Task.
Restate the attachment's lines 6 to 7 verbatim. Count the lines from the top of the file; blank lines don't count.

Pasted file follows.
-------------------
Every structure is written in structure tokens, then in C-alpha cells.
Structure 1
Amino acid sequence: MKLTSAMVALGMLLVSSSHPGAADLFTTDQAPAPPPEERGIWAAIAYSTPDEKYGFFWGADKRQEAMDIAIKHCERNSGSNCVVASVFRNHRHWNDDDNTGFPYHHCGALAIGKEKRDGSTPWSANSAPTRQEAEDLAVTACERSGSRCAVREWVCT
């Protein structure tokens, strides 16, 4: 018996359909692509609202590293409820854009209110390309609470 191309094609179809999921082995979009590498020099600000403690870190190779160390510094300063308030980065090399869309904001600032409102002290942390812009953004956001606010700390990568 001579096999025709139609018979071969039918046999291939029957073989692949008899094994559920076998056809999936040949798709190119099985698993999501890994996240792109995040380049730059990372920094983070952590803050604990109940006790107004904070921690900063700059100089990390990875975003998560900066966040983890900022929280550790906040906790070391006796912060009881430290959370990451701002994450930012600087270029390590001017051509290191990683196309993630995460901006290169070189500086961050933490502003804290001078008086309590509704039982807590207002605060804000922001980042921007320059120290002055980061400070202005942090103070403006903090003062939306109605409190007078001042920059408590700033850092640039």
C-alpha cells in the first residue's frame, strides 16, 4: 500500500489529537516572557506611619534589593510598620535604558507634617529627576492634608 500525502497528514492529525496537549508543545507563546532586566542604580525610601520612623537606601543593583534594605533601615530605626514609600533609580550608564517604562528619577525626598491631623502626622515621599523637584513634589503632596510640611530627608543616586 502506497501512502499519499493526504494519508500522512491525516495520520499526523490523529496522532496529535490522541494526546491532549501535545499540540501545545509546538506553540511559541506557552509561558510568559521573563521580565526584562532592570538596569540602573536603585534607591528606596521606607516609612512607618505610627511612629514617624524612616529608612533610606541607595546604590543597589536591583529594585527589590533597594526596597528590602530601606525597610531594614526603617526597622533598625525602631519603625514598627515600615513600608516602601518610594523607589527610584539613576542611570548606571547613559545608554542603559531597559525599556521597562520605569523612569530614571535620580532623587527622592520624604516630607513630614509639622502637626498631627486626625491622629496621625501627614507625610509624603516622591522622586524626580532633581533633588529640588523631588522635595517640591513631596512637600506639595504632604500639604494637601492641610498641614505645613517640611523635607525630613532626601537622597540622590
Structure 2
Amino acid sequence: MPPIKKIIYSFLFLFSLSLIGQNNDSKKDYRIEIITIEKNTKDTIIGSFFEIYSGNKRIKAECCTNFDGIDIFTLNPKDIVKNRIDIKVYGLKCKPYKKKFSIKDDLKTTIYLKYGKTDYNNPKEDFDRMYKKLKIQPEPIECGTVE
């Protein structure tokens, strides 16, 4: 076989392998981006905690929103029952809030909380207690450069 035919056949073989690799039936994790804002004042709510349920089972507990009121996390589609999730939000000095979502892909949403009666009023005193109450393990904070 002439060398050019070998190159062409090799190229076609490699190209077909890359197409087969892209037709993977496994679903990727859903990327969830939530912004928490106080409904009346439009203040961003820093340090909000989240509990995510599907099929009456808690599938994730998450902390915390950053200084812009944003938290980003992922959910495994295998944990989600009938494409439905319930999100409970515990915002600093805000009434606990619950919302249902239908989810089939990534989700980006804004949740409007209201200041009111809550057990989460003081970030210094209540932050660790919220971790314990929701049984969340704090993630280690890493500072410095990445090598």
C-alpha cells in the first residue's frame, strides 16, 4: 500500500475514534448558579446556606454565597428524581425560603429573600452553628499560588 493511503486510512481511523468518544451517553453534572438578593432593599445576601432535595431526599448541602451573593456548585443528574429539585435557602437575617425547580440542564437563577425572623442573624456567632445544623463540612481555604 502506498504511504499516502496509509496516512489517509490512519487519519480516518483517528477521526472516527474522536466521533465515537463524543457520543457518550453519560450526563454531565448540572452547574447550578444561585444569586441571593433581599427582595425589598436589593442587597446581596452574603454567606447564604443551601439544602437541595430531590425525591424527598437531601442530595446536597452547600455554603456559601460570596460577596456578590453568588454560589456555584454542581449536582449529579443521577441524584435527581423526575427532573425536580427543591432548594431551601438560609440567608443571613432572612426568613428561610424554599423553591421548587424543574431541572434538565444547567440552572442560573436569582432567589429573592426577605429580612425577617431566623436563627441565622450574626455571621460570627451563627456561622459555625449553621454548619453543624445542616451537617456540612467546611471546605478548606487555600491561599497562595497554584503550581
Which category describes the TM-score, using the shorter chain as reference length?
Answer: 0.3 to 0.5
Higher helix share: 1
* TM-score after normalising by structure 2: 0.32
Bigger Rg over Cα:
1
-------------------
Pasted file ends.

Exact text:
Structure 2
Amino acid sequence: MPPIKKIIYSFLFLFSLSLIGQNNDSKKDYRIEIITIEKNTKDTIIGSFFEIYSGNKRIKAECCTNFDGIDIFTLNPKDIVKNRIDIKVYGLKCKPYKKKFSIKDDLKTTIYLKYGKTDYNNPKEDFDRMYKKLKIQPEPIECGTVE